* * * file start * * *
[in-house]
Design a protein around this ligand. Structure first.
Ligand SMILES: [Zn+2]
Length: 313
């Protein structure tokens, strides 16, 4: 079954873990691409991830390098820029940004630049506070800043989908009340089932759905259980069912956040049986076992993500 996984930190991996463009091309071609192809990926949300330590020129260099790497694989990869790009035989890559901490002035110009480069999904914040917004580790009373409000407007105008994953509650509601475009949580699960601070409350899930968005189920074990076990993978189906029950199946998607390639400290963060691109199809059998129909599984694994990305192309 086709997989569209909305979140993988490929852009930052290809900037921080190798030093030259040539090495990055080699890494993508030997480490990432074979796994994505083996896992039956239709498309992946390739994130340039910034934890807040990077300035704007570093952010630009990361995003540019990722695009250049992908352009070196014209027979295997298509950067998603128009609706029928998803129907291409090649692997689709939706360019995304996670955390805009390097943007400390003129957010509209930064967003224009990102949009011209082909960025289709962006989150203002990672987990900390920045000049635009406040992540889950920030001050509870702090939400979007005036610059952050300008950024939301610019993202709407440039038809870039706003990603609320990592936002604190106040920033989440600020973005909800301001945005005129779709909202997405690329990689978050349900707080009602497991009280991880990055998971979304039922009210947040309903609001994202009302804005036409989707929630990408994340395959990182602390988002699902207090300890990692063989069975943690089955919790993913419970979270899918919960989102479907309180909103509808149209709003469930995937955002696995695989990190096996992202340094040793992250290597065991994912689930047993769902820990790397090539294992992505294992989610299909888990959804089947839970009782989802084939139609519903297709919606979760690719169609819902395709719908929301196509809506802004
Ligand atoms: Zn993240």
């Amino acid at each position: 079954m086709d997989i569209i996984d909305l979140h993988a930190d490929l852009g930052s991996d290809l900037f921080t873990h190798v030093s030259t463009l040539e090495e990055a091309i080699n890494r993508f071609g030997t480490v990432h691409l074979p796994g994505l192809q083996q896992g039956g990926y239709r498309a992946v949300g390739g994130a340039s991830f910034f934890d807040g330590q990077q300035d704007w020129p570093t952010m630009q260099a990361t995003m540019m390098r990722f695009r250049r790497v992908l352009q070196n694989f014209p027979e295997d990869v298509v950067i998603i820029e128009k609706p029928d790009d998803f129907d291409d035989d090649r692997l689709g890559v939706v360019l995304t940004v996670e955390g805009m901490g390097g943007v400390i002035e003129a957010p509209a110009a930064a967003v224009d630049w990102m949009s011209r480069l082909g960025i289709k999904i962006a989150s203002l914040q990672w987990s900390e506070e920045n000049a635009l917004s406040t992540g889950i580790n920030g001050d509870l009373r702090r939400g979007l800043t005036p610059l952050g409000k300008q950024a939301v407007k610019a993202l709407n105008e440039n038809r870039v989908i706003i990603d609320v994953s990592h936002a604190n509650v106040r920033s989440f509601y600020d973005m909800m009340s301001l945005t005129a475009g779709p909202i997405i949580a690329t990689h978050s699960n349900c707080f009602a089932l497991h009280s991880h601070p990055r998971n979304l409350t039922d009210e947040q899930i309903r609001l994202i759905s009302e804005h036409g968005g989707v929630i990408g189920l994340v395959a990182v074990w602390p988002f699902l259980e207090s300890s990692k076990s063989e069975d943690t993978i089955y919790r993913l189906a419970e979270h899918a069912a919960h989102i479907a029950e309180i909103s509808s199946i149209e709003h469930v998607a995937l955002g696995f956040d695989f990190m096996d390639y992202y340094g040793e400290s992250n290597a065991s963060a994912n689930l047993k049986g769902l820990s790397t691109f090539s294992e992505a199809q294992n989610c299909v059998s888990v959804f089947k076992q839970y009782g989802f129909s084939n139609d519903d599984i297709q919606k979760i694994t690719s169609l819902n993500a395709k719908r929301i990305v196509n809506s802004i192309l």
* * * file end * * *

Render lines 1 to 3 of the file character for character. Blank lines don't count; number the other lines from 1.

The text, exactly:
[in-house]
Design a protein around this ligand. Structure first.
Ligand SMILES: [Zn+2]